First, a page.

This report examines reusable launch vehicles (RLVs) currently proposed for government, commercial, and public uses. The term "reusable launch vehicle" may refer to several different levels of reuse. Some vehicle concepts are fully reusable (that is, the vehicle launches and lands without jettisoning any stages). Others have one stage that is reusable in combination with other stages that are expendable. The table and text below describe different levels of launch vehicle reusability, from most reusable to least reusable. Full Reusability ­ Full reusability implies that the vehicle launches, carries a payload to orbit, and returns to Earth with the vehicle (or vehicle stages) intact and without the assistance of any expendable stages. Single-stage-to-orbit (SSTO) vehicle concepts fall into this category, as do the two-stage-to-orbit (TSTO) concepts in which both the orbital vehicle and a booster vehicle fly back to Earth for reuse (many such designs were originally proposed for the Space Shuttle, and several others are currently under study). Full Reusability of One Stage, Level of Reusability Examples Full Reusability VentureStar, Original Space Partial Reusability of Another Shuttle designs Stage ­ Vehicles in this category Full Reusability of One Stage, Space Shuttle fleet, Buran/Energia have one fully-reusable component, Partial Reusability of Another Stage and another stage or stages that are Full Reusability of One Stage, Pegasus, HOPE spaceplane, Expendable Other Stages Ariane 5 with Crew Transfer partially reusable. The United Vehicle States' Space Shuttles are good Partial Reusability of One Stage ALS examples of this type of vehicle, as No Reusability ELVs the orbiters are reusable, and components of the boost stages are recovered for refurbishment and reuse. Full Reusability of One Stage, Expendable Other Stages ­ These types of vehicles have one stage (either the booster or orbiter) that is reused and other stages that are expendable. The Pegasus launch system, for example, relies on a reusable atmospheric aircraft to carry an expendable rocket launch vehicle to altitude. Partial Reusability of One Stage ­ Components of at least one stage of these mostlyexpendable vehicles are recovered for future use. An historical example of this concept is the Advanced Launch System (ALS) examined in 1980s and 1990s space launch studies. The proposed ALS designs would recover only the avionics and propulsion packages from vehicles since these key pieces were the most expensive. No Reusability ­ Today's expendable launch vehicles such as Atlas, Delta, and Proton have no reusable components.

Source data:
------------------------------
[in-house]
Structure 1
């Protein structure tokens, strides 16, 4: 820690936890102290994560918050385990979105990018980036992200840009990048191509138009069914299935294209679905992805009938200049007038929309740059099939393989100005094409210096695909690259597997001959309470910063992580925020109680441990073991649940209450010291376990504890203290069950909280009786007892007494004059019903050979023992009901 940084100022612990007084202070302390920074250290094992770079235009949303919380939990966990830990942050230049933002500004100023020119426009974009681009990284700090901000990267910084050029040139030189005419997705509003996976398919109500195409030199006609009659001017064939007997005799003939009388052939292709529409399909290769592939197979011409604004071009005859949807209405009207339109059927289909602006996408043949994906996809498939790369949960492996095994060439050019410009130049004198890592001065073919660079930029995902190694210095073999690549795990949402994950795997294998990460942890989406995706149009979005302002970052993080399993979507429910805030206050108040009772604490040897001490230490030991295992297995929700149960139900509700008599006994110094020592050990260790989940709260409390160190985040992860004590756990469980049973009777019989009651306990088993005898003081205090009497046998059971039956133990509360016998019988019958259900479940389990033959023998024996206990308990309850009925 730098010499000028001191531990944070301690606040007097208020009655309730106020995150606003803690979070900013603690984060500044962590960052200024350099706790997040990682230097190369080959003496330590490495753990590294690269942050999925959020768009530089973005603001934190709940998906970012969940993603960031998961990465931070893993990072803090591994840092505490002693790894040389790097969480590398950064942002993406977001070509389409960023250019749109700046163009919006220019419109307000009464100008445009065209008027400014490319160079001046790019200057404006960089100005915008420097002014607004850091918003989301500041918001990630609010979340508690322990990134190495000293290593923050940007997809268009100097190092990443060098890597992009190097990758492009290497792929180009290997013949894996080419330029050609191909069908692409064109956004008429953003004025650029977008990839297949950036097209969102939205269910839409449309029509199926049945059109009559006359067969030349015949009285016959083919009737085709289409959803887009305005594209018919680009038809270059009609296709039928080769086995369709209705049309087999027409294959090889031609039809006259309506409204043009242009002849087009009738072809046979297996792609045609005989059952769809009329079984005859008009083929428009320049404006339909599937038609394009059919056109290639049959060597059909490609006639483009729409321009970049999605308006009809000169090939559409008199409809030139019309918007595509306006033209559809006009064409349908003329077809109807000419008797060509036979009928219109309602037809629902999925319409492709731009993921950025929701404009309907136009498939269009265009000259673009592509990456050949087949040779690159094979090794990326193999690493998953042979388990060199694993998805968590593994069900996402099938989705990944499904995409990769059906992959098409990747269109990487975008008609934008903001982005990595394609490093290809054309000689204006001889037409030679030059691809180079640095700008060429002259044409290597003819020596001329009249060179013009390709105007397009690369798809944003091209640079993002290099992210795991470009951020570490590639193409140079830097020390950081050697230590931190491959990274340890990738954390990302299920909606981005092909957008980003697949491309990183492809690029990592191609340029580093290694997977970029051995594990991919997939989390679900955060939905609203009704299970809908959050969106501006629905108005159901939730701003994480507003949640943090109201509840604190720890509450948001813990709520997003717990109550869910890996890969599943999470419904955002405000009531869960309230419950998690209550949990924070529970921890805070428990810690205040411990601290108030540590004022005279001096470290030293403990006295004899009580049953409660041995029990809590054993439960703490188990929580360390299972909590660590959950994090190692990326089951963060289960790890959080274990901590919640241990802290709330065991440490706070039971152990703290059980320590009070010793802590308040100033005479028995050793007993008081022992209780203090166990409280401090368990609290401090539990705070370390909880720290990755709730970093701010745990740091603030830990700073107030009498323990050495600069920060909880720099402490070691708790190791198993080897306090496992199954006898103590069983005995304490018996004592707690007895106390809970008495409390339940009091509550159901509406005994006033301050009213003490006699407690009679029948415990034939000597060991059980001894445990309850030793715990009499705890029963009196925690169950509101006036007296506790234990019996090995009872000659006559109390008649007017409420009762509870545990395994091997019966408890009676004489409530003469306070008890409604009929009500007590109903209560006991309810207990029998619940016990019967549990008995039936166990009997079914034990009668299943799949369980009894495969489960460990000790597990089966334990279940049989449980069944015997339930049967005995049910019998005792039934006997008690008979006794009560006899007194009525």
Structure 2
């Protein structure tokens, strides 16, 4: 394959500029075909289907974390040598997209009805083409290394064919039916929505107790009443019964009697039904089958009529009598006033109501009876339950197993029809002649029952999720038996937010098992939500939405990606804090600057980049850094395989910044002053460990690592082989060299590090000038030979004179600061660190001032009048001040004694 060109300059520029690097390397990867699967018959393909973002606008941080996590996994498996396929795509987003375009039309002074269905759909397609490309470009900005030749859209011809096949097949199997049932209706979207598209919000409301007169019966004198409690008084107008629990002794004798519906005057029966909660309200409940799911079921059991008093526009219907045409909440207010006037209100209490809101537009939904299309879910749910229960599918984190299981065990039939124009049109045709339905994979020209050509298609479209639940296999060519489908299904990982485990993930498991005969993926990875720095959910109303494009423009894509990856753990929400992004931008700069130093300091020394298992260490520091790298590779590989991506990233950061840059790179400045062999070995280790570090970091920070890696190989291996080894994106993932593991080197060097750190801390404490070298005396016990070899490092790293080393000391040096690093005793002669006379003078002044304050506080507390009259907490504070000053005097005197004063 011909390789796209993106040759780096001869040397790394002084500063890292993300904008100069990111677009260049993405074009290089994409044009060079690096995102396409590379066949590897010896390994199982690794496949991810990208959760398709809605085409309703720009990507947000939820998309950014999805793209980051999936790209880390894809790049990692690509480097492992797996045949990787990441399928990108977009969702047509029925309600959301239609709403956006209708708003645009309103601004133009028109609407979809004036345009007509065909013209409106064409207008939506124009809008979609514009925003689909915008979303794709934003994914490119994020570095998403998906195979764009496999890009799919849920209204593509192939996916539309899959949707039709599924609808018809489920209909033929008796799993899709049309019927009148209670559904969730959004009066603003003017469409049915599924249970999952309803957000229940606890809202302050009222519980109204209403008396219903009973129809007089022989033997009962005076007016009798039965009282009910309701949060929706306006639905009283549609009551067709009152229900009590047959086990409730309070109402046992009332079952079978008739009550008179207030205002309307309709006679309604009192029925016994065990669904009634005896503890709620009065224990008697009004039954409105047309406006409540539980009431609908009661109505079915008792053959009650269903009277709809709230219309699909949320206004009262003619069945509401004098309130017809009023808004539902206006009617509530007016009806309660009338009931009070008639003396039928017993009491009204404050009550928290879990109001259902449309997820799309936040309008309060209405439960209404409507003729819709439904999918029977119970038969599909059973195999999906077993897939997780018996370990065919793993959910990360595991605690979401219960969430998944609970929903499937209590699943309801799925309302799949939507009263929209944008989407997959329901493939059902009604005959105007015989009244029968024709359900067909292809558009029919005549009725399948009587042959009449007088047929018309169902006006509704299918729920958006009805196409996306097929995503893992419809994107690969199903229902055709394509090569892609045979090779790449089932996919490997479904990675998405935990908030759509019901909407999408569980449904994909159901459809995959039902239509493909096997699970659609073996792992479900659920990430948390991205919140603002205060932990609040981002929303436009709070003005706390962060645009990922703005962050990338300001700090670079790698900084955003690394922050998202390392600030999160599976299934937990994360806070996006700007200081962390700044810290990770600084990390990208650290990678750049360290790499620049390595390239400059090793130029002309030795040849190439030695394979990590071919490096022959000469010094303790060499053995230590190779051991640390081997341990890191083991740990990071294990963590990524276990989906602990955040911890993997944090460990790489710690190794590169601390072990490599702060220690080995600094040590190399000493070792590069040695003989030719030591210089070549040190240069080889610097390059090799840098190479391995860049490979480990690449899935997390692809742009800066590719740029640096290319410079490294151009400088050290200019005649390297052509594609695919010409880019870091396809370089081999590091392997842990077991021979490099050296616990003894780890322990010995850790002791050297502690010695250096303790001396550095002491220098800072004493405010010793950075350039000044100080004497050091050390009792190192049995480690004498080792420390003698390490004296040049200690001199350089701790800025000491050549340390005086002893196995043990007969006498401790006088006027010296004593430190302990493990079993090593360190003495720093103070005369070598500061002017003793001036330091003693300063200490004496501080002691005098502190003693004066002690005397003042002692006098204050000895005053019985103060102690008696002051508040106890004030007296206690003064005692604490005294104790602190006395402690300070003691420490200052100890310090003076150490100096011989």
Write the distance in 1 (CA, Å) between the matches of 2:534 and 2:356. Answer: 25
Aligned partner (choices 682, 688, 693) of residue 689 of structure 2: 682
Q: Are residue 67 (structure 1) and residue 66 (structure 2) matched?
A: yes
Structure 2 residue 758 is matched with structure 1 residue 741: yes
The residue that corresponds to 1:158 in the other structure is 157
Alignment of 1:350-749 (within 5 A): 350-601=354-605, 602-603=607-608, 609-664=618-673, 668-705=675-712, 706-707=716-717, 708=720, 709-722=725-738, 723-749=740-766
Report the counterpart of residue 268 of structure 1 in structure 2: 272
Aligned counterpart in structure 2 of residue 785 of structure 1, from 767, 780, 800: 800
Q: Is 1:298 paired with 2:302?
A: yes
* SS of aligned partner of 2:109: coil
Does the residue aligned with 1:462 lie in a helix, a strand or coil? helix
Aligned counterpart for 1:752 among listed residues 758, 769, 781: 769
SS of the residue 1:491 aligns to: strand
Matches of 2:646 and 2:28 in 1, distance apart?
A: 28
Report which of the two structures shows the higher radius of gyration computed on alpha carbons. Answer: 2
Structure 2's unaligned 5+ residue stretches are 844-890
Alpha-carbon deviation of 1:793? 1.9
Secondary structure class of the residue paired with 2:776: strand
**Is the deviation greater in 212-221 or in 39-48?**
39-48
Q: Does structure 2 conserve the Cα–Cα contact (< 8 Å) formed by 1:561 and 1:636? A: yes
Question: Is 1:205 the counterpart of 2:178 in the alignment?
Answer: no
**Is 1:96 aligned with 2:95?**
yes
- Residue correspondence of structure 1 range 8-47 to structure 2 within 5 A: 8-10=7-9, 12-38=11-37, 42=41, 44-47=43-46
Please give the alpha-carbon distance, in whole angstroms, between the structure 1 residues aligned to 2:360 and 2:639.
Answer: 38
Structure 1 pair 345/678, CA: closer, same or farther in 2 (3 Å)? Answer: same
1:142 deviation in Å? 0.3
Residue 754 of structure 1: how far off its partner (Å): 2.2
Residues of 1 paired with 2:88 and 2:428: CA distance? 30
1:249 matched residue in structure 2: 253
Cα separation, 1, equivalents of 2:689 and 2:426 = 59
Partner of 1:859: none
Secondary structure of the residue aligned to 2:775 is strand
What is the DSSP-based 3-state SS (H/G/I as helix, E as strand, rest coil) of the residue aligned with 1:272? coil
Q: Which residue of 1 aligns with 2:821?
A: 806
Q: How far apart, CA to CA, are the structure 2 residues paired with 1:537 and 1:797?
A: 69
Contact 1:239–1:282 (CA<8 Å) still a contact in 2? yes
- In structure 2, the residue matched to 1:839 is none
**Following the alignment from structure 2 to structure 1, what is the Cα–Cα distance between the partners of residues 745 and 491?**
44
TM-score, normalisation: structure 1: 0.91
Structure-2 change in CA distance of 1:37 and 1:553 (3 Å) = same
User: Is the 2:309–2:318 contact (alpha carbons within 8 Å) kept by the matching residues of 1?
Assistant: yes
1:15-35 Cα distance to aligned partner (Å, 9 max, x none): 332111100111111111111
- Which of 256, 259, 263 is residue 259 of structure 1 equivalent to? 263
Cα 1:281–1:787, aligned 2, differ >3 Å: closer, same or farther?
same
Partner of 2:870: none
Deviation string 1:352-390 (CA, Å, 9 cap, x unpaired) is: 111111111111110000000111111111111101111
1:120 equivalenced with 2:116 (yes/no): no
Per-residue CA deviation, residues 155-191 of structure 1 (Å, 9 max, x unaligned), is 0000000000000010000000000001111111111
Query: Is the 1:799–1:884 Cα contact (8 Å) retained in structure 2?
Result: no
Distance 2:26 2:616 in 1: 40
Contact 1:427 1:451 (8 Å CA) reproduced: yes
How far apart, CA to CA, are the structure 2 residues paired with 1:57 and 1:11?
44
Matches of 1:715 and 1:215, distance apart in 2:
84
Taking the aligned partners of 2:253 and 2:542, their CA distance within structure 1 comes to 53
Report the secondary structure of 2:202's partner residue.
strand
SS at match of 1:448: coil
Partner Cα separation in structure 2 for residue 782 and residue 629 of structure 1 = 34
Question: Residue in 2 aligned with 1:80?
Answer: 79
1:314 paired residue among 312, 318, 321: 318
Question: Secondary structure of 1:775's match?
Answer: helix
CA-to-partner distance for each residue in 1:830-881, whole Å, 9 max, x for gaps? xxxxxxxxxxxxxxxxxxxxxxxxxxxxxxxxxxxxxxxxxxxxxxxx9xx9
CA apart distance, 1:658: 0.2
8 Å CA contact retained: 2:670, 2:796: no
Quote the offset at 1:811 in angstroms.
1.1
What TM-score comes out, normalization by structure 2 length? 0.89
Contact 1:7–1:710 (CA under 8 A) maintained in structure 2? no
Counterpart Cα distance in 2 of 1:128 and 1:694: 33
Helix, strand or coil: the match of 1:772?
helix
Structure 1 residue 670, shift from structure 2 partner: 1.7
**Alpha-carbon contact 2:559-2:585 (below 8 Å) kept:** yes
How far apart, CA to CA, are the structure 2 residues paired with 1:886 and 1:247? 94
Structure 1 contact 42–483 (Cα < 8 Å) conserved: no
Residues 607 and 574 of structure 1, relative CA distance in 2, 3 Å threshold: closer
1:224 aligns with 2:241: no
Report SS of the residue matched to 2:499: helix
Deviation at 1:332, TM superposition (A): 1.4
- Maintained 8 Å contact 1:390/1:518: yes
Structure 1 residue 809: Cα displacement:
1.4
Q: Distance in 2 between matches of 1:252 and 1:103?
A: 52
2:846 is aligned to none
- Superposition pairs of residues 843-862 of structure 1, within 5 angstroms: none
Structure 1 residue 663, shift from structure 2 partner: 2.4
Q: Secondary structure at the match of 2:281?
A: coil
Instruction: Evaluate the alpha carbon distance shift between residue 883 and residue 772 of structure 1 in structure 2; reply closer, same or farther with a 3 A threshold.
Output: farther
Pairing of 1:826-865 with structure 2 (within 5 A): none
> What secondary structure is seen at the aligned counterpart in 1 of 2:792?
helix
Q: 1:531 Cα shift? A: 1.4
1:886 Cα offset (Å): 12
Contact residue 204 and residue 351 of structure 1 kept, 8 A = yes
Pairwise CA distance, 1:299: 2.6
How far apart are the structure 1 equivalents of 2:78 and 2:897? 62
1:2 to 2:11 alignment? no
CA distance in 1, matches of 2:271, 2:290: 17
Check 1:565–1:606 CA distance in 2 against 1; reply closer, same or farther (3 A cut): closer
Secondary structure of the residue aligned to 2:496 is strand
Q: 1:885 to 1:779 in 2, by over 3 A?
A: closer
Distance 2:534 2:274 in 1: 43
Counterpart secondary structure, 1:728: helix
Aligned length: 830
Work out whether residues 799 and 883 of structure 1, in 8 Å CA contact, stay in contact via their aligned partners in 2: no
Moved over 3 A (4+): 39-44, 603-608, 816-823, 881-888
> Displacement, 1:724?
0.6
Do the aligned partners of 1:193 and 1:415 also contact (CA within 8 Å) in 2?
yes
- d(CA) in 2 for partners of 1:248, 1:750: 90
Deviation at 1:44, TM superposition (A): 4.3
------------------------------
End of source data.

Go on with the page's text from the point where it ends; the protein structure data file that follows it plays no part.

INTRODUCTION